With the coronavirus pandemic shaping the landscape of our current recession, new relief programs have popped up to provide financial support to different folks, depending on their circumstances. Below is a list of blog posts that explore the different types of relief options available, based on your needs:
- Where to Find Financial Help During the Coronavirus
- Coronavirus Relief for Low Income Families: Ways to Find Support
- Four Crucial Resources for Single Parents During the Coronavirus
- Coronavirus Relief for Homeowners and Renters: A Resource Guide
- Four Ways to Find Coronavirus Relief for College Students
- How You Can Find Food Assistance During the Coronavirus
- Coronavirus Relief for Unemployed Workers: How to Find Help
3. If you’re able, start saving for your emergency fund
Saving up money may not be a realistic goal right now, and that’s okay. That said, if you’re currently able to cover your rent and food, then putting away extra money for unforeseen emergencies that could arise in the midst of the recession is a safe next step. Creating an emergency fund takes dedication and hard work, but having one can be a lifesaver during a recession. Financial experts recommend having three to six months of money saved up in an emergency fund.
By now, you have likely cut your spending and categorized your expenses into a digestible budget. With that, you should now have a good idea of your necessary expenses. These are the expenses you can’t skip, even during a recession. When you know exactly what your baseline costs are each month, multiply that number by six to determine what your goal is to save up for a six-month emergency fund cushion. As Nerdwallet points out, if saving up six months worth of expenses isn’t anywhere near possible, even having an extra $500 can be a huge help during an emergency.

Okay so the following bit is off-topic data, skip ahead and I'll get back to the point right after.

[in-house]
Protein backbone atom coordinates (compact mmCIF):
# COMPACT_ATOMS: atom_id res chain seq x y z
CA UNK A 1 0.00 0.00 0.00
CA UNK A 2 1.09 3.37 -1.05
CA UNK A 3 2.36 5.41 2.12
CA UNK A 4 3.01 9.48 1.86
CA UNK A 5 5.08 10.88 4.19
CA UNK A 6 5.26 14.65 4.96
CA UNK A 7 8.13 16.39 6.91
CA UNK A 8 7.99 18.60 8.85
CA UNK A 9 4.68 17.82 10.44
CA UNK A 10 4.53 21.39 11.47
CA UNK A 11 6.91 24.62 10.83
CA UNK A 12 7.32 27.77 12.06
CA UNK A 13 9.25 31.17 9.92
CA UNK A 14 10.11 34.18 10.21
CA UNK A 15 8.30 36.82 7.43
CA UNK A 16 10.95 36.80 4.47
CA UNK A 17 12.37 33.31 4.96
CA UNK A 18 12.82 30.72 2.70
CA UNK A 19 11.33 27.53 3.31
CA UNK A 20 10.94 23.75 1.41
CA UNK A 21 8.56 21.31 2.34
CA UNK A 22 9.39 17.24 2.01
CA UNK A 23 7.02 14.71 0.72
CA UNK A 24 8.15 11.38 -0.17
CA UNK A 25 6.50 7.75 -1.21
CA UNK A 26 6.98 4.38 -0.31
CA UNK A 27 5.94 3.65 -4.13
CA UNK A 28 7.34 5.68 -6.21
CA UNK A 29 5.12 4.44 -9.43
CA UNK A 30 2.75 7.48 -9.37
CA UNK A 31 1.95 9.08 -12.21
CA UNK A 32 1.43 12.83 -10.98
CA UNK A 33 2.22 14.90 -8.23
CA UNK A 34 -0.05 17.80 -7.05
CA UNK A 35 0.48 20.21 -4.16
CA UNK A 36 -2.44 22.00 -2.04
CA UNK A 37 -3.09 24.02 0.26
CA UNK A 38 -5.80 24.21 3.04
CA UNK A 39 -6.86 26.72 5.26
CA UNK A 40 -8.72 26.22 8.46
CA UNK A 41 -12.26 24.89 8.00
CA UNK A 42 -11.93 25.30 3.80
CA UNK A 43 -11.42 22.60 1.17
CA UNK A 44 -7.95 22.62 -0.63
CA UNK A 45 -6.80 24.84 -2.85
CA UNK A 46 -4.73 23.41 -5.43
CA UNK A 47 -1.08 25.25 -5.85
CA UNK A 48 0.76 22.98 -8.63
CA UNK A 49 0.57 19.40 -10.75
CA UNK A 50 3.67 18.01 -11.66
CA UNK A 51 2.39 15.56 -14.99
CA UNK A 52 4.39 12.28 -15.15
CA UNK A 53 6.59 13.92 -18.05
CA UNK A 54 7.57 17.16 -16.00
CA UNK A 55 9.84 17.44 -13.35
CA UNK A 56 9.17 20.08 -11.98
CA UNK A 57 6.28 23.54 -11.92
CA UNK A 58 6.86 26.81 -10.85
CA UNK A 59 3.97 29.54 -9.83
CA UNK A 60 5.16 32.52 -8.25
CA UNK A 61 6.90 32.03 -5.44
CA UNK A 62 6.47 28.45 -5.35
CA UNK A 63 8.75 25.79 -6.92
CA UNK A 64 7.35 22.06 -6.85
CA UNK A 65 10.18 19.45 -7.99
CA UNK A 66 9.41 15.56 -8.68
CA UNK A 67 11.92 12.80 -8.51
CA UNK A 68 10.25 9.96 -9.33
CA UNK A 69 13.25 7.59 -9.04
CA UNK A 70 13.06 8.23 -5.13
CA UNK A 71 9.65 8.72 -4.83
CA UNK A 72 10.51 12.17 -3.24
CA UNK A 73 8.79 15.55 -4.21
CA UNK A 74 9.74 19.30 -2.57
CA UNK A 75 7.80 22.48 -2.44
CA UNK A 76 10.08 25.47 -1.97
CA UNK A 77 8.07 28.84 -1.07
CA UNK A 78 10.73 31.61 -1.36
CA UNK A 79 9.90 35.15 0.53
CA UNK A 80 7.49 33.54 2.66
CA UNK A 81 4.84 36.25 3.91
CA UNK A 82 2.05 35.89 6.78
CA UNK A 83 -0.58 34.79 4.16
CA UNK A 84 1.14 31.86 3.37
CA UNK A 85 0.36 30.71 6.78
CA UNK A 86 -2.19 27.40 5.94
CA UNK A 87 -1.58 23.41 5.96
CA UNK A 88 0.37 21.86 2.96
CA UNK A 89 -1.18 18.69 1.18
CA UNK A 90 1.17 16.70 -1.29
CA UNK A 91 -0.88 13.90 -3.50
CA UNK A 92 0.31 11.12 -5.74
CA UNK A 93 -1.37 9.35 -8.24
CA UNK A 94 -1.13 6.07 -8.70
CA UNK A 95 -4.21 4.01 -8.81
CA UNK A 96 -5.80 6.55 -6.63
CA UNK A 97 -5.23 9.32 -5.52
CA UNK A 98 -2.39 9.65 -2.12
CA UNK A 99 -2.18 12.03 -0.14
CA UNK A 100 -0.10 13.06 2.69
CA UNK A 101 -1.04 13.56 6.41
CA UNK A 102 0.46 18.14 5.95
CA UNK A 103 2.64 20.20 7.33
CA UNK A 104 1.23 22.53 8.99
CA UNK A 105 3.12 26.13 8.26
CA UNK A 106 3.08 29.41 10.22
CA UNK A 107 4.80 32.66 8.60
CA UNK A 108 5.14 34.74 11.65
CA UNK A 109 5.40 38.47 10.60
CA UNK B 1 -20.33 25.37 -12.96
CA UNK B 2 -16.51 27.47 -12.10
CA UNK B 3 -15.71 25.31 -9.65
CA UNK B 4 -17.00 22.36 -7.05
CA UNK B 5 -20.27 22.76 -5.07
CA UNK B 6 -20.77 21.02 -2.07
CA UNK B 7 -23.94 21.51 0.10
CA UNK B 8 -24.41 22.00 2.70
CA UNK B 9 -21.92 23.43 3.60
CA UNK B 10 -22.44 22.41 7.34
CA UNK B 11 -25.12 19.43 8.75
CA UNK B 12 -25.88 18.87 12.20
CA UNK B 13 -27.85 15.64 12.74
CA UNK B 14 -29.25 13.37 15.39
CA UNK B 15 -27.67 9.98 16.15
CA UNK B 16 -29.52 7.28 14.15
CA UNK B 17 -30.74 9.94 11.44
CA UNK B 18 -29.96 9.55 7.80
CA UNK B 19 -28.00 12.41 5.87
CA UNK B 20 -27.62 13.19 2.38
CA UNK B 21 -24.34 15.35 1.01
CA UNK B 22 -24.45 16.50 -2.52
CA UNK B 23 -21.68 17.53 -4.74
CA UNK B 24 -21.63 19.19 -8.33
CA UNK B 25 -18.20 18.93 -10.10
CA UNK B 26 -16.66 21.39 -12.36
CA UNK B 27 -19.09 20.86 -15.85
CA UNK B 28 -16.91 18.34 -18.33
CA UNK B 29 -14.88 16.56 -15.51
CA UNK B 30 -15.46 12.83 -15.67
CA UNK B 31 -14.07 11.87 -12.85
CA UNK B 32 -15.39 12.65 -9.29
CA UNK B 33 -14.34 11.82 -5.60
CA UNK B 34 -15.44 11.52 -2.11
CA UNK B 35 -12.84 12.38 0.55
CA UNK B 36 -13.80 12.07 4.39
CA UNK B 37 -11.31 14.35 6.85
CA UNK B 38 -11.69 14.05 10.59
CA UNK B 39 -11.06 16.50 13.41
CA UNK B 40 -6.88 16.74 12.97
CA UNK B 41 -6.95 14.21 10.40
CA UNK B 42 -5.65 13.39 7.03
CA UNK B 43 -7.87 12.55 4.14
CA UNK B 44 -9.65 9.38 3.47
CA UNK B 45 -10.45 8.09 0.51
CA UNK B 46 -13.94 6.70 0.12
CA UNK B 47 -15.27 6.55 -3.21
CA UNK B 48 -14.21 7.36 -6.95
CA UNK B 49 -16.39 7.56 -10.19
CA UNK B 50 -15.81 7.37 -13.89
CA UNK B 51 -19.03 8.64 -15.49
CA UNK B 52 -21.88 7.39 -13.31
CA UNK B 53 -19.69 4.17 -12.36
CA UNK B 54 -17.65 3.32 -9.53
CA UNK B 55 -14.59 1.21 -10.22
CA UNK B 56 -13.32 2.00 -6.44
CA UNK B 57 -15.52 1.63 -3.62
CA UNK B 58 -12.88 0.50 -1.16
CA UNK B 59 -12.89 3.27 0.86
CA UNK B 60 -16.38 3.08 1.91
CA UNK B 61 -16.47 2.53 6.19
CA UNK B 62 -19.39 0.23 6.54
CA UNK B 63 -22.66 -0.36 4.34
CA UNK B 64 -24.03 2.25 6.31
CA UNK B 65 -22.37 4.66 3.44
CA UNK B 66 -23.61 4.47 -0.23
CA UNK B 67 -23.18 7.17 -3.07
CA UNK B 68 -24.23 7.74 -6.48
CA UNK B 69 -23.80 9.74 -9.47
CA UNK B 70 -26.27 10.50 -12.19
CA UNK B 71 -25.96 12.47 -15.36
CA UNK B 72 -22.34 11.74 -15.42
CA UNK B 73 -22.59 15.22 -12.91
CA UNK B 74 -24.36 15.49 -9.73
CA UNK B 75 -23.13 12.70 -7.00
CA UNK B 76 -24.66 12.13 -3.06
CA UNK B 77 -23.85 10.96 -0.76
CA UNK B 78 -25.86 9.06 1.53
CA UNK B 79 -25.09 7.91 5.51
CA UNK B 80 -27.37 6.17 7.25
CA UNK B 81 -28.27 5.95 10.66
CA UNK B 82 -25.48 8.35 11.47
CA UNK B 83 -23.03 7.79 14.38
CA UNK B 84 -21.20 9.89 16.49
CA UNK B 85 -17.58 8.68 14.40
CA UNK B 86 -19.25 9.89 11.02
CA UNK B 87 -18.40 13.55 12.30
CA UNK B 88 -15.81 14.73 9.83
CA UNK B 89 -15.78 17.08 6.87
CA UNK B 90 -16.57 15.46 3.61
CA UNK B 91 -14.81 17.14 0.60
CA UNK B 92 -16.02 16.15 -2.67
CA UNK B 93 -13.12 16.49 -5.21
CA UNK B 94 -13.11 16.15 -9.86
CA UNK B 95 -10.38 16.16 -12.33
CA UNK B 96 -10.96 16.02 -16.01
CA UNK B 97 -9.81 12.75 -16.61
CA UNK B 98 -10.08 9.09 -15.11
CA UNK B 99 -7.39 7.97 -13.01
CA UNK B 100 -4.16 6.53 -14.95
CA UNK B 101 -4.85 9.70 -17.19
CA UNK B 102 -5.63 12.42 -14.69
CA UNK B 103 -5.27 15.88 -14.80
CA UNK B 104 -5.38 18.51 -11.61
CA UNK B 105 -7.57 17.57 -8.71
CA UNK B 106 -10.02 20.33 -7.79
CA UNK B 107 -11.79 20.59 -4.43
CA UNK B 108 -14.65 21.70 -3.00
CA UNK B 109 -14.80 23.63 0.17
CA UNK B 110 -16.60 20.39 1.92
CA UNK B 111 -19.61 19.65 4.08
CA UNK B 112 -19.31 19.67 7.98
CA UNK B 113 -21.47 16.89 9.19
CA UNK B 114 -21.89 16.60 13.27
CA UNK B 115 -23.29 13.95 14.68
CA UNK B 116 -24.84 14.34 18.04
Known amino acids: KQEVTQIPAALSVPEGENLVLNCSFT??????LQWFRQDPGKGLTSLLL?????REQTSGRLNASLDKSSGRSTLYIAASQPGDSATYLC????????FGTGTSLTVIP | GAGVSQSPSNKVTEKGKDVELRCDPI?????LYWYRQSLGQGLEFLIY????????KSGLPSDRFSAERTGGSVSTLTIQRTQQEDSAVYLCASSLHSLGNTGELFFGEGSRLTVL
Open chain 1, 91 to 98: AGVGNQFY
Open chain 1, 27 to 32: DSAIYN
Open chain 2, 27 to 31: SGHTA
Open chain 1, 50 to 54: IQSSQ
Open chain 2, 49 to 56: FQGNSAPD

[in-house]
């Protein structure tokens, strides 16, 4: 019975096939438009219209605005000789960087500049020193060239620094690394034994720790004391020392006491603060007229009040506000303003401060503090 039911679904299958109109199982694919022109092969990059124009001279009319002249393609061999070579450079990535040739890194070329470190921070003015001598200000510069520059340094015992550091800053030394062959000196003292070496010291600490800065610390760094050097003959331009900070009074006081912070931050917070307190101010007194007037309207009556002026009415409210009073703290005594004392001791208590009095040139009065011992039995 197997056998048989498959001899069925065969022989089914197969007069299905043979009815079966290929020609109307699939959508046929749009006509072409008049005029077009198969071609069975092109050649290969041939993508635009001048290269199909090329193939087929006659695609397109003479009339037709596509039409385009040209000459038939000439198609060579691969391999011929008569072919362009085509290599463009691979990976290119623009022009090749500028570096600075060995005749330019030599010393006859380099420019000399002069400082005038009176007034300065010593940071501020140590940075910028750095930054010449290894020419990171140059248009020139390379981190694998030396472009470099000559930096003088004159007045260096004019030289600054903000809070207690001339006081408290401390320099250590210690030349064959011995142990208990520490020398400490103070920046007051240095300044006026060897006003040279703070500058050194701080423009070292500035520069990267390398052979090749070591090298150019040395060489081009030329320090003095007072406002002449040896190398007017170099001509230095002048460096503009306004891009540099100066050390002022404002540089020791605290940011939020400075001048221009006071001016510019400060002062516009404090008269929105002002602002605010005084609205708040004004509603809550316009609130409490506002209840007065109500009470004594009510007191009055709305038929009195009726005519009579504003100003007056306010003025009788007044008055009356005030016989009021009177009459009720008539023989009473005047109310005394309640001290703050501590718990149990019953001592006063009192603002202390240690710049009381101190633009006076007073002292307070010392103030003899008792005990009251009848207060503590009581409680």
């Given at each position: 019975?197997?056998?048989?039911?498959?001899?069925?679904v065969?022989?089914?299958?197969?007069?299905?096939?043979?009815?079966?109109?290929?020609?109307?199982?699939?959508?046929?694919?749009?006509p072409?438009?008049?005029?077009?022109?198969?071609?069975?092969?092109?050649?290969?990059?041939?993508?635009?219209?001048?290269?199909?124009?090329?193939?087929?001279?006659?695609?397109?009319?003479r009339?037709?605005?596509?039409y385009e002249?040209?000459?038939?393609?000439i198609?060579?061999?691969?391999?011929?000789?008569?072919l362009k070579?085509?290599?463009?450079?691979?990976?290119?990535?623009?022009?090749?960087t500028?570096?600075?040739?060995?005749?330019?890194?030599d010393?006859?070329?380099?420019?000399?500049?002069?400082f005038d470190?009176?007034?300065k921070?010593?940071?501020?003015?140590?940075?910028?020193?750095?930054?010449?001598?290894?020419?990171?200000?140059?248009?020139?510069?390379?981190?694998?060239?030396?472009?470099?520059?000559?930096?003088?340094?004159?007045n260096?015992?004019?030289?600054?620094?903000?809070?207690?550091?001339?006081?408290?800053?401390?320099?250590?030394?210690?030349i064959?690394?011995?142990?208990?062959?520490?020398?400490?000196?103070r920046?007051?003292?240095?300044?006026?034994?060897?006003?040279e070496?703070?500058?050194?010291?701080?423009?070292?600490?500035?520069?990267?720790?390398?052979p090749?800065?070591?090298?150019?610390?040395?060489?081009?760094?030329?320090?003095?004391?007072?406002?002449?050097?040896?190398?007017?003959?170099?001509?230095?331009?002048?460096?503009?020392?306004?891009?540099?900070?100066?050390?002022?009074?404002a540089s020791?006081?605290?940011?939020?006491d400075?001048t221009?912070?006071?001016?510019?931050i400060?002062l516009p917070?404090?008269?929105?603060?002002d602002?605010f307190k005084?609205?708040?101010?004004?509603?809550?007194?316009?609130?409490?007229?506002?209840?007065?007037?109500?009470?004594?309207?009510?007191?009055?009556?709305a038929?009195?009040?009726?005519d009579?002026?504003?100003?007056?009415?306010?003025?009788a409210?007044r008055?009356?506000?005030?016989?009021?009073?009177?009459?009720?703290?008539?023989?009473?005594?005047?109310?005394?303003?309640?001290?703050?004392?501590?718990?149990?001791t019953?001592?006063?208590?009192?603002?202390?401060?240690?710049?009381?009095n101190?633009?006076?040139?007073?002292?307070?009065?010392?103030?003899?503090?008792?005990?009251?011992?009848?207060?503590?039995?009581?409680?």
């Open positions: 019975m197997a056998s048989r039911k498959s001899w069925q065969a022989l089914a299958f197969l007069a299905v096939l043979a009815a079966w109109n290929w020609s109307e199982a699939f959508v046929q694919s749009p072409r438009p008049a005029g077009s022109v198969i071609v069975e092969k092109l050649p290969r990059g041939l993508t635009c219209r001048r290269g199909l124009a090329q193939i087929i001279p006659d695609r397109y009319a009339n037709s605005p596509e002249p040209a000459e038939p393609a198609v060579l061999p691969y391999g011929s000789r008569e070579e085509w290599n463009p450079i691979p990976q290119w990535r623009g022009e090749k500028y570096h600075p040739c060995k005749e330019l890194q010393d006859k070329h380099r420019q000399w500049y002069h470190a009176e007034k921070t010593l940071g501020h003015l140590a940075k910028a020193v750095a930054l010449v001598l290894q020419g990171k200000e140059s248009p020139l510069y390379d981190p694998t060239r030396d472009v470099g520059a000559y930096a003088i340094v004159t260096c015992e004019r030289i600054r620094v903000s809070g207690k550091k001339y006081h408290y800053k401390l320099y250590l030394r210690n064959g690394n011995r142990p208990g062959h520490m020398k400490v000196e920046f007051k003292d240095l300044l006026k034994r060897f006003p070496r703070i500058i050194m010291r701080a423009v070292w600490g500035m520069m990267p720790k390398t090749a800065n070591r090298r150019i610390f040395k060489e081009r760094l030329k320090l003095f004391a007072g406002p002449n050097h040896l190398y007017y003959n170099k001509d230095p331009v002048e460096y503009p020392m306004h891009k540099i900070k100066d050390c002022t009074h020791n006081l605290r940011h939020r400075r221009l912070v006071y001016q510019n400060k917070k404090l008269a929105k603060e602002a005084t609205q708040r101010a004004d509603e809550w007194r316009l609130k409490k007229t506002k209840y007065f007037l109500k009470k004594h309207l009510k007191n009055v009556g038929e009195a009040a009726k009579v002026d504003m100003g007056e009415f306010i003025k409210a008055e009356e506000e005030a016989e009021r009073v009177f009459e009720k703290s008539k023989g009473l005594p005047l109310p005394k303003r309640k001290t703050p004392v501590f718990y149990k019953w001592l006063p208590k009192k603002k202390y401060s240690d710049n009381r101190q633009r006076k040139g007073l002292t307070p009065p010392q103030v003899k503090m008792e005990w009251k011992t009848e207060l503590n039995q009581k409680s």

Crowdfund to save up
Asking for help with money is difficult and can feel embarrassing or even shameful. But you might be surprised to find out that fundraising for a financial emergency during a recession is actually quite common. By starting a fundraiser and asking friends and family to help you get by, you may be surprised how many folks want to donate. People who are still fortunate enough to have a job may want to help others, and giving them the opportunity to donate to a fundraiser to help you stay afloat is a great place to start.